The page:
This will be good news to those who wish to frame someone for a crime, DAs who want to win a case without worrying about having the right person, governments who want to…

[knock knock knock]

Yes? What? Wait… Wait! Arresting me? For what? It wasn’t me! I didn’t do it! I’m innocent, I tell you! Innooooceeeeent!!!

Scientists in Israel have demonstrated that it is possible to fabricate DNA evidence, undermining the credibility of what has been considered the gold standard of proof in criminal cases.

The scientists fabricated blood and saliva samples containing DNA from a person other than the donor of the blood and saliva. They also showed that if they had access to a DNA profile in a database, they could construct a sample of DNA to match that profile without obtaining any tissue from that person.

“You can just engineer a crime scene,” said Dan Frumkin, lead author of the paper, which has been published online by the journal Forensic Science International: Genetics. “Any biology undergraduate could perform this.”

Dr. Frumkin is a founder of Nucleix, a company based in Tel Aviv that has developed a test to distinguish real DNA samples from fake ones that it hopes to sell to forensics laboratories.

The planting of fabricated DNA evidence at a crime scene is only one implication of the findings. A potential invasion of personal privacy is another.




  1. Olo Baggins of Bywater says:

    The anti-virus approach: invent a problem so you can sell a tool to solve it.

  2. bobbo, nothing to see here says:

    This presents nothing but standard evidence issues. Any evidence, yes including dna, can be faked/planted/corrupted. Most of these issues are controlled by the “chain of evidence” rules, but a dirty cop can do a lot of damage.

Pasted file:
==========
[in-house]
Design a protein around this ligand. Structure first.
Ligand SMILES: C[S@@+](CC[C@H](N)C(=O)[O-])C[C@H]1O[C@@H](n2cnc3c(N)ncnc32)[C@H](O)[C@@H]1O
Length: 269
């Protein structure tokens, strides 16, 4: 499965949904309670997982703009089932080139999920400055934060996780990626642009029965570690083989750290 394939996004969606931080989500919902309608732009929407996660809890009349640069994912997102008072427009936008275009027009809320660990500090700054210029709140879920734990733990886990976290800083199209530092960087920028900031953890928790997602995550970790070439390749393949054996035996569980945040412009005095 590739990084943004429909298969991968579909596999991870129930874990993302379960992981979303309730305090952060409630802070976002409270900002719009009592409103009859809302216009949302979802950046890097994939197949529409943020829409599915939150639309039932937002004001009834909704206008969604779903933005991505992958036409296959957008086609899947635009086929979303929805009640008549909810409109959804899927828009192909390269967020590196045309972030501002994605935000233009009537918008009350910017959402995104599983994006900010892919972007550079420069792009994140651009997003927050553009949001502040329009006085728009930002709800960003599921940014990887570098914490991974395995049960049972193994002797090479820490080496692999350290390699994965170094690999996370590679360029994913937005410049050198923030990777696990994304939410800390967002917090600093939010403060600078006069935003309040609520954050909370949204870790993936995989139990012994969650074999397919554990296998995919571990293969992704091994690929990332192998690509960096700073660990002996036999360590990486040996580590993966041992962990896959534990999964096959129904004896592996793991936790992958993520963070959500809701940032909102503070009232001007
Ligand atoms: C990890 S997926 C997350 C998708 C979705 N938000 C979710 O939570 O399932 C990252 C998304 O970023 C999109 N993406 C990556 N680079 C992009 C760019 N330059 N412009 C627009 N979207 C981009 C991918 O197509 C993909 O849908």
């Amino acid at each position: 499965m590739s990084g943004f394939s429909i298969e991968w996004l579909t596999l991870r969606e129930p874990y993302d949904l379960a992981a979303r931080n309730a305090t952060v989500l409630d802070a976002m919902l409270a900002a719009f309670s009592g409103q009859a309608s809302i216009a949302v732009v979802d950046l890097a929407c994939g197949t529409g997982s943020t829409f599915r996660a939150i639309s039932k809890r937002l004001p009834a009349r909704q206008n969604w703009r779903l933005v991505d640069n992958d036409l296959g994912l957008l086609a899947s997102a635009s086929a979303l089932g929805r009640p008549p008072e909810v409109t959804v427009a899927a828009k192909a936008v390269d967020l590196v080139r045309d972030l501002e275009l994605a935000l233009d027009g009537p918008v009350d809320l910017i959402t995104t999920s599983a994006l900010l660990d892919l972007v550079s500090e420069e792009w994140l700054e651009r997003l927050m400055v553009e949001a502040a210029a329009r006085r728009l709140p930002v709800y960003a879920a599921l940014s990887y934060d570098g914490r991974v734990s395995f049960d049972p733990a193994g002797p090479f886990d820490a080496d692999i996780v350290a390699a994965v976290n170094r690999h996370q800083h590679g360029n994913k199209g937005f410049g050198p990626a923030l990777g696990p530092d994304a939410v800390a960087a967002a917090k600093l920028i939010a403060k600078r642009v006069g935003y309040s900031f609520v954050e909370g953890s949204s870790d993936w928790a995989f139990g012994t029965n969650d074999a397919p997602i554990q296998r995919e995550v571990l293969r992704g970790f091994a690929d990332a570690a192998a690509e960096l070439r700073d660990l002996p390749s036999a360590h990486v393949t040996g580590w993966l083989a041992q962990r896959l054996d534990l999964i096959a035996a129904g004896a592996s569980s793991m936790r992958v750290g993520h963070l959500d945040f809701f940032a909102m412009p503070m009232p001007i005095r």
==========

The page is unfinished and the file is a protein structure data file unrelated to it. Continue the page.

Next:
Complete NON-STORY.

  3. jbenson2 says:

    The lawyers are going to have a field-day with this one.

    Now, they can “prove” OJ was innocent.

  4. BigBoyBC says:

    Well, this will give the lawyers a way of challenging DNA evidence the prooves their clients are guilty.

  5. diamened says:

    No. The first misuse for this is not forging convictions. The first misuse for this will be paternity tests.

  6. Mr. Fusion says:

    This may be forged for paternity testing BUT I agree with Bobbo, this is really a non story.

    The strength of any evidence is based far more upon all the intangibles than it does the test itself. Although phony evidence shows up far more in fictional TV and movies than it does in real life.

    Interestingly enough, and most people ignore or forget this, when the OJ blood samples were refuted the prosecutors evidence was all in question. How preservative came to be found in the blood samples on the socks, the fact the blood was soaked all the way through the sock, and the missing blood sample clearly leave the impression that evidence was fabricated. If the evidence was fabricated here, what else that wasn’t discovered was fabricated too?

  7. Mr. Fusion says:

    The cases of fabricating will be small. Very few labs will be willing to forge results when another test will be able to definitely show they are wrong. That would open the lab up to huge settlements and possible loss of their license and credibility of all who work there.

  8. jbenson2 says:

    Labs don’t have to worry about loss of their license. As the article mentions, it can be easily done: “Any biology undergraduate could perform this.”

    And just like any other nefarious technology, the bad guys’ skill will become more and more accurate, making detection more and more difficult.